Reuters CNN

4. Southern Baptists to discuss sex-abuse response at national convention

More than 8,000 Southern Baptist delegates meeting this week for their national convention in California voted Tuesday to create a database to track sex abusers within the largest U.S. Protestant denomination. The Southern Baptist Convention is struggling to respond to a report by independent investigators that harshly criticized church leaders' handling of sex abuse allegations. The May report described years of efforts to cover up sex abuse by pastors and other officials. Southern Baptist leaders claimed for 15 years that they couldn't create a database of offenders, even though they were secretly keeping just such a list. The sex abuse scandal has increased tensions within a denomination already contending with declining membership and clashes over race, gender, and politics.

The Washington Post The New York Times

5. Jan. 6 committee postpones hearing

The House select committee investigating the Jan. 6, 2021, Capitol attack announced Tuesday that it is postponing a hearing that was to include testimony from former Justice Department officials, including Jeffrey Rosen, who was acting attorney general at the time of the insurrection. The hearing had been scheduled for Wednesday. The panel didn't immediately say what made the delay necessary. Committee member Rep. Zoe Lofgren (D-Calif.) said the delay was "no big deal," just a necessary pause to give "our very small video staff" more time to complete the "exhaustive exercise" of preparing video exhibits. The next hearing is set for Thursday.

The Associated Press

6. Supplier prices surge in latest sign of persistent inflation

Prices charged by U.S. suppliers surged in May, rising a seasonally adjusted 0.8 percent from the prior month and 10.8 percent compared to last May. The increase in the producer-price index came as rising food and energy prices keep inflation at its highest level in decades, with consumer prices rising 8.6 percent year-on-year in May. Economists are watching the data closely for signs that inflation is peaking as the Federal Reserve hikes interest rates and reduces the bond holdings it purchased to boost the recovery from the coronavirus crisis. The Fed is expected to announce an unusually large half- or three-quarter-percentage point increase in short-term interest rates when it concludes a two-day meeting on Wednesday.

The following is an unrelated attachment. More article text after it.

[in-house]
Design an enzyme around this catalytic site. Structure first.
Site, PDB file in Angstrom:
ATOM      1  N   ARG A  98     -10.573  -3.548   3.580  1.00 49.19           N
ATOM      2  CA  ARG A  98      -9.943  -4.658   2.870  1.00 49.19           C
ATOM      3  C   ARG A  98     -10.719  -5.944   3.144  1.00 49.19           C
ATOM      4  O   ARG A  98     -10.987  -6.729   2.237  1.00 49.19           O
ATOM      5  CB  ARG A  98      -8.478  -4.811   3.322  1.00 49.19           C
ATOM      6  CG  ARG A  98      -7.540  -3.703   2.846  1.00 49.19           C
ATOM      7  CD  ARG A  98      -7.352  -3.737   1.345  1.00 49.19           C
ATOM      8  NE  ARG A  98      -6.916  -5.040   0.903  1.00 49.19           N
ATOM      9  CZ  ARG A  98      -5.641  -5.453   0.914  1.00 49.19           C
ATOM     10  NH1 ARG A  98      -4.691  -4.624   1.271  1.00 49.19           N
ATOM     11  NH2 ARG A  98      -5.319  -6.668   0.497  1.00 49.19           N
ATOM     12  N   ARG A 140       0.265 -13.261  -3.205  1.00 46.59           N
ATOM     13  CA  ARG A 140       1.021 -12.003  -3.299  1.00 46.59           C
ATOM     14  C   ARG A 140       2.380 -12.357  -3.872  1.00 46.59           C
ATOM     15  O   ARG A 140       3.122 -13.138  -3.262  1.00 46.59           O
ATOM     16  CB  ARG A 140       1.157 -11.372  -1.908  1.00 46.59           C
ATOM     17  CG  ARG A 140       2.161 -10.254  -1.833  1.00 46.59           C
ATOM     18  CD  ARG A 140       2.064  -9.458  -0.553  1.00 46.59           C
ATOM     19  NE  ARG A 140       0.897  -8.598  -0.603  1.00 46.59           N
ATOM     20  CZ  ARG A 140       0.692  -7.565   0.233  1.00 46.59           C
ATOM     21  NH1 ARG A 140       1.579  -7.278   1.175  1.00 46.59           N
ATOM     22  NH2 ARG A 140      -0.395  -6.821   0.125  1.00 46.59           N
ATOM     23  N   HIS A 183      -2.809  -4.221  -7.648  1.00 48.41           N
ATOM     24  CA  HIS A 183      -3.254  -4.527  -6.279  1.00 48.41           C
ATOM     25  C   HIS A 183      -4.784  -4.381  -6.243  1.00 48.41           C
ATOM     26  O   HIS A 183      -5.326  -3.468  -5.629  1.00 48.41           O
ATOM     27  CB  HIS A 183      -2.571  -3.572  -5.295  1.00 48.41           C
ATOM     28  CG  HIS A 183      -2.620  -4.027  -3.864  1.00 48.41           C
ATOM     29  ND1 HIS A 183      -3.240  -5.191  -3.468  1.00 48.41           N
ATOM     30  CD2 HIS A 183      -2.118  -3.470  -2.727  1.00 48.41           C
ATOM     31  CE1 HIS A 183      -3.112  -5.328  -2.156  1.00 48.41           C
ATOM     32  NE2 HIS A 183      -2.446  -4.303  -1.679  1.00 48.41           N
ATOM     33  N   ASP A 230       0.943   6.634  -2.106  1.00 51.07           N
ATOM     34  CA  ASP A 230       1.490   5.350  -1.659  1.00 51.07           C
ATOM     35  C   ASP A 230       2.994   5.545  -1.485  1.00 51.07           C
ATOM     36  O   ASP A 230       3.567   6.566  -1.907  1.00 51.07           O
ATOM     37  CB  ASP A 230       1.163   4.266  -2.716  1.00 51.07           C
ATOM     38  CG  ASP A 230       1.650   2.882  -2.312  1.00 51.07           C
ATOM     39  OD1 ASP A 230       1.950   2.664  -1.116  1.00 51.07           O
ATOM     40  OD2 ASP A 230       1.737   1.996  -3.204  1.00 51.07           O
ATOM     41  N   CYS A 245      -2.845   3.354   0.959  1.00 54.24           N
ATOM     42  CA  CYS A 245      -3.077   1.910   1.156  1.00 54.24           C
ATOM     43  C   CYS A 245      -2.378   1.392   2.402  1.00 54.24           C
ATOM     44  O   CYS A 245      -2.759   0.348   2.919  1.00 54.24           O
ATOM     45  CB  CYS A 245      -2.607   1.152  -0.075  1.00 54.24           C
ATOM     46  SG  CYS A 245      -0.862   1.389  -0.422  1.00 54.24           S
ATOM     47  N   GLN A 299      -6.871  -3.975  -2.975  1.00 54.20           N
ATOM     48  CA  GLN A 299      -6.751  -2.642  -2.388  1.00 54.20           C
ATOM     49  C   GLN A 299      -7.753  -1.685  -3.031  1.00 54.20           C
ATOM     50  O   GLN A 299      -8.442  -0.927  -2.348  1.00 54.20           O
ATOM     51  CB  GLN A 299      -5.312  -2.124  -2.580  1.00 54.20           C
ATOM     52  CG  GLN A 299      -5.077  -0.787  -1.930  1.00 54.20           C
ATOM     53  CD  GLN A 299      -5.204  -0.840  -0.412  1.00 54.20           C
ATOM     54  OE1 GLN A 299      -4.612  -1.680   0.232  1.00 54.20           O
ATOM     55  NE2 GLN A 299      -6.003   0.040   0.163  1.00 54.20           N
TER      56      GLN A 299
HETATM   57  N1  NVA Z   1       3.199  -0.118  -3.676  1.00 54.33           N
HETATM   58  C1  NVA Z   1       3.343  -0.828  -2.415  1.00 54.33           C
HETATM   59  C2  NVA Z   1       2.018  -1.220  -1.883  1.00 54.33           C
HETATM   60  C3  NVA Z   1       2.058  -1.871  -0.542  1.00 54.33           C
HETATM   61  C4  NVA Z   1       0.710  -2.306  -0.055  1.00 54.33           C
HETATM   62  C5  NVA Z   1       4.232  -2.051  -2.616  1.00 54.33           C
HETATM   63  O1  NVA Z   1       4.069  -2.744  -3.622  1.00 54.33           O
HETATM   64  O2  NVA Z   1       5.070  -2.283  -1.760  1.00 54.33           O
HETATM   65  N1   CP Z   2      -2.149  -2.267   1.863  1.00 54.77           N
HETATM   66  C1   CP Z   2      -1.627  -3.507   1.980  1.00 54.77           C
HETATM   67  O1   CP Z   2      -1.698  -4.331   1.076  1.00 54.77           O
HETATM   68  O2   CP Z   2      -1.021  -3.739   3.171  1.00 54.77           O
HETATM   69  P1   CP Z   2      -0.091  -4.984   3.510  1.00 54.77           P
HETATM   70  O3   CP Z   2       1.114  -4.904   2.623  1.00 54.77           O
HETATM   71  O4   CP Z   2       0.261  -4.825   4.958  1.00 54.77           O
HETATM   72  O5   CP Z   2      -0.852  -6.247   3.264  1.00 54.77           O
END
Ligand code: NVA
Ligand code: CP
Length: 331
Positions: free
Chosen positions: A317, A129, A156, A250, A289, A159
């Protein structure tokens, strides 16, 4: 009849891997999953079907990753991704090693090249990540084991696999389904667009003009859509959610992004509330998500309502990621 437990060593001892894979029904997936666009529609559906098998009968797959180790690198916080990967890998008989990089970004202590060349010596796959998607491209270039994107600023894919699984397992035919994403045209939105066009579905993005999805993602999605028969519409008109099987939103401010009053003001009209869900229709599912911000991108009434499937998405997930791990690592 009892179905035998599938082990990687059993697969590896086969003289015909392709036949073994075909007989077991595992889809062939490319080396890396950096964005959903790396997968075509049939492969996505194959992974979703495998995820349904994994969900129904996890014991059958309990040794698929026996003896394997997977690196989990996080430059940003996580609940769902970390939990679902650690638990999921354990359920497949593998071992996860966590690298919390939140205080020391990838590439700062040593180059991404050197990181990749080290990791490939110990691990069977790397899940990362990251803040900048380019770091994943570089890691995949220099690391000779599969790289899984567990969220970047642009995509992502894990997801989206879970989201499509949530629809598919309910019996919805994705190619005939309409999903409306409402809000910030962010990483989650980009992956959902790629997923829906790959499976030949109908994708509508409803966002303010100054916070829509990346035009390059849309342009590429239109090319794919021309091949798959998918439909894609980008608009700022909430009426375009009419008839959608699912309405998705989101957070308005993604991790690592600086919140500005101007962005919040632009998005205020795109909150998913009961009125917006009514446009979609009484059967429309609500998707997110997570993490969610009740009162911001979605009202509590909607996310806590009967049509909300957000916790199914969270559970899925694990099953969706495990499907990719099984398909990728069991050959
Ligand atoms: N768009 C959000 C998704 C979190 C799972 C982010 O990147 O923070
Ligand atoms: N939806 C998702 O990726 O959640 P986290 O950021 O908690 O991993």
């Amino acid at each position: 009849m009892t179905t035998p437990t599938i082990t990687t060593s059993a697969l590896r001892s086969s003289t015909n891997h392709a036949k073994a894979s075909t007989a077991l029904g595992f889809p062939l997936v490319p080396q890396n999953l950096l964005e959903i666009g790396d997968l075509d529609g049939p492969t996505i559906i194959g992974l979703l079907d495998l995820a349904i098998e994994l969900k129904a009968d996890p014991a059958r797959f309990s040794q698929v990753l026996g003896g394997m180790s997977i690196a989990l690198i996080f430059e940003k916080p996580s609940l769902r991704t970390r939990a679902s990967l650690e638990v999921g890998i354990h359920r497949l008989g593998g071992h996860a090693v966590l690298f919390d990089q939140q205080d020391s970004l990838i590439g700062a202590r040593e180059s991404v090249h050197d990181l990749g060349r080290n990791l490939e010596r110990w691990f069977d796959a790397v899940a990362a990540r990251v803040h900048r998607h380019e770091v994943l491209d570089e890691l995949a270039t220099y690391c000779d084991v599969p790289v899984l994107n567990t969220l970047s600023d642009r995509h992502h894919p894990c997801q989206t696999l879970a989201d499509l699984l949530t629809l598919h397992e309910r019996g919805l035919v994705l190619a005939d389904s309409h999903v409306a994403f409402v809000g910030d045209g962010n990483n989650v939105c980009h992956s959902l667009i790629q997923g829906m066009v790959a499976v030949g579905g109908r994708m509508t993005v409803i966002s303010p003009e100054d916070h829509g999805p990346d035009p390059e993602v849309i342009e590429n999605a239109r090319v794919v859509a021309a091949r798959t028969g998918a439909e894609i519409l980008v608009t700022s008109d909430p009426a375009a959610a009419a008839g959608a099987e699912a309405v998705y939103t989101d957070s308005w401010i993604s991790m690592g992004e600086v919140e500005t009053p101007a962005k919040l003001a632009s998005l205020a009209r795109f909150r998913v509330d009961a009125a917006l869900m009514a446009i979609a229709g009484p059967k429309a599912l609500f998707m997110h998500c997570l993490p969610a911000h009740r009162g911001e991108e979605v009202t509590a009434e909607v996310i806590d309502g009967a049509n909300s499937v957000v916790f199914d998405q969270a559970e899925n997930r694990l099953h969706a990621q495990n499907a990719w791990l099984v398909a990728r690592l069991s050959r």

The Wall Street Journal

7. Russian court extends Brittney Griner's detention again

A Russian court on Tuesday extended WNBA star Brittney Griner's pre-trial detention for a third time, pushing it to at least July 2, according to Russian state media outlet TASS. Griner has been jailed since February after being arrested at Sheremetyevo International Airport near Moscow and accused of having vape cartridges with hashish oil in her bag. Griner, who was in Russia to play basketball for the Russian Premier League in the WNBA's off-season, was charged with "large-scale transportation of drugs." If convicted, she could be sentenced to up to 10 years in prison. Griner's wife, Cherelle Griner, told GMA co-anchor Robin Roberts last month that the WNBA's support has provided the jailed star "comfort."